Using compost to liven up some tomatoes low on nitrogen
Our garden is going like gangbusters. Gardening partner Ken was actually in disbelief when he came over a few weeks ago and saw how very, very lush it is. Even though I’d over-assured him all spring it’s not hard to grow vegetables in Iowa.
But these two guys are not looking good.
The cilantro and potted tomato are yellow – well, and the tomato looks like the garden-equivalent of a malnourished horse – and they look nitrogen-deprived.
The tomato had fresh potting soil this spring, but I’m pretty sure the cilantro got the short end of the stick: when I’d planted the seeds I’d also run out of potting soil and used what was leftover in this pot from last year.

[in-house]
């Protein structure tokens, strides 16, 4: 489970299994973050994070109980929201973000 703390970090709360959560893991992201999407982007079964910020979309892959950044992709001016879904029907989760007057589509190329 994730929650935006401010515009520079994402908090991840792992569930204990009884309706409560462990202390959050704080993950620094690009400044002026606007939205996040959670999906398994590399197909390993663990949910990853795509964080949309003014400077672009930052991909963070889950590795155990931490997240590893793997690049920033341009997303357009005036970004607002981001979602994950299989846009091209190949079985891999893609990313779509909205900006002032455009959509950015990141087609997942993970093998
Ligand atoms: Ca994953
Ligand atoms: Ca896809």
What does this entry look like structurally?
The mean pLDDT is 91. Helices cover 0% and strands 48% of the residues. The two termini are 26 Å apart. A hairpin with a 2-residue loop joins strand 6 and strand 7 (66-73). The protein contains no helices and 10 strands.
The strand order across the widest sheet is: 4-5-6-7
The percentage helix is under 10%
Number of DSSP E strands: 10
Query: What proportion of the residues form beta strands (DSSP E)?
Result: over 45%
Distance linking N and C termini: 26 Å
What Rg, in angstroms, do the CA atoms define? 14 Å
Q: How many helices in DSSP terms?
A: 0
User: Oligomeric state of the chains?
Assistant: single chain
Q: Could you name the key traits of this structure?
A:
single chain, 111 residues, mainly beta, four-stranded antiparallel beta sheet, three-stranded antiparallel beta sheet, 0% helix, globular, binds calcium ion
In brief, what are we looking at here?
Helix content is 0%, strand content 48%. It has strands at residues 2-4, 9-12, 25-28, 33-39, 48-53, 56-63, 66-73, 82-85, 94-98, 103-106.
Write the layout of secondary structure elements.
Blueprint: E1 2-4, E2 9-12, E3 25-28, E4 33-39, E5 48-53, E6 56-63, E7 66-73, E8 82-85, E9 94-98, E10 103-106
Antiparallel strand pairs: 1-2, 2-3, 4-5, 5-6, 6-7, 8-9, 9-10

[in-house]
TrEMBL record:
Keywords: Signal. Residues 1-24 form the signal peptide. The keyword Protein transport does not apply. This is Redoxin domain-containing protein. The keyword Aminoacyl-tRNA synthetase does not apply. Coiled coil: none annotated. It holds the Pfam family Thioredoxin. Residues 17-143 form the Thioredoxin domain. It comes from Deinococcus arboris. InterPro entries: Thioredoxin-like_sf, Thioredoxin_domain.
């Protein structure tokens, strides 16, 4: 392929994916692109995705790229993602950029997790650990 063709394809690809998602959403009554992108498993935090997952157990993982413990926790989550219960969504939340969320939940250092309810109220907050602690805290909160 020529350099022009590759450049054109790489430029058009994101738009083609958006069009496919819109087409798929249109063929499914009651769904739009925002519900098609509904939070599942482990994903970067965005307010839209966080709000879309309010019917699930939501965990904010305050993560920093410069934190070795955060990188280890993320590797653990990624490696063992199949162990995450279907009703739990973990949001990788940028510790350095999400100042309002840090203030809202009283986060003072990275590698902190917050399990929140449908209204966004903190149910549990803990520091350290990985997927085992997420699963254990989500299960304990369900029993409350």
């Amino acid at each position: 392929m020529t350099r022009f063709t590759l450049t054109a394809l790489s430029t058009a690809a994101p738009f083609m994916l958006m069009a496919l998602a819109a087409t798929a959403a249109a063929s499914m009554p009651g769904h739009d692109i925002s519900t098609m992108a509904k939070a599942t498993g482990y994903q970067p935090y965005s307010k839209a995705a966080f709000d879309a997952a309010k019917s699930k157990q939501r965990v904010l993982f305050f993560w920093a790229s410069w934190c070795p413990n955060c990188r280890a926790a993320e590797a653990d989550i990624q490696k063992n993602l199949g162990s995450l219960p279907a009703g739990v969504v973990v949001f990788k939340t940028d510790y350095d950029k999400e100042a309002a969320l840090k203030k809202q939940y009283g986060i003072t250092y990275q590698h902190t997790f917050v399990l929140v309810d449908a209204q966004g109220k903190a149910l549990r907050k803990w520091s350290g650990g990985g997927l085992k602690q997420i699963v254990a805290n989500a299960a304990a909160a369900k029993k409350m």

Luckily, I have been cultivating my compost since last fall for just such a purpose.
And it’s become soil! HOORAY!
I shoveled out a few cups’ worth and spread it over the tops of the tomato and cilantro pots, then gave them both a good dose of water.
I’d thought about making compost tea, but they needed a little additional soil anyway. We’ll see if this works.
The rest of the garden? Awesome. It’s been giving us lettuce, snap peas, string beans, spinach, and radishes for weeks.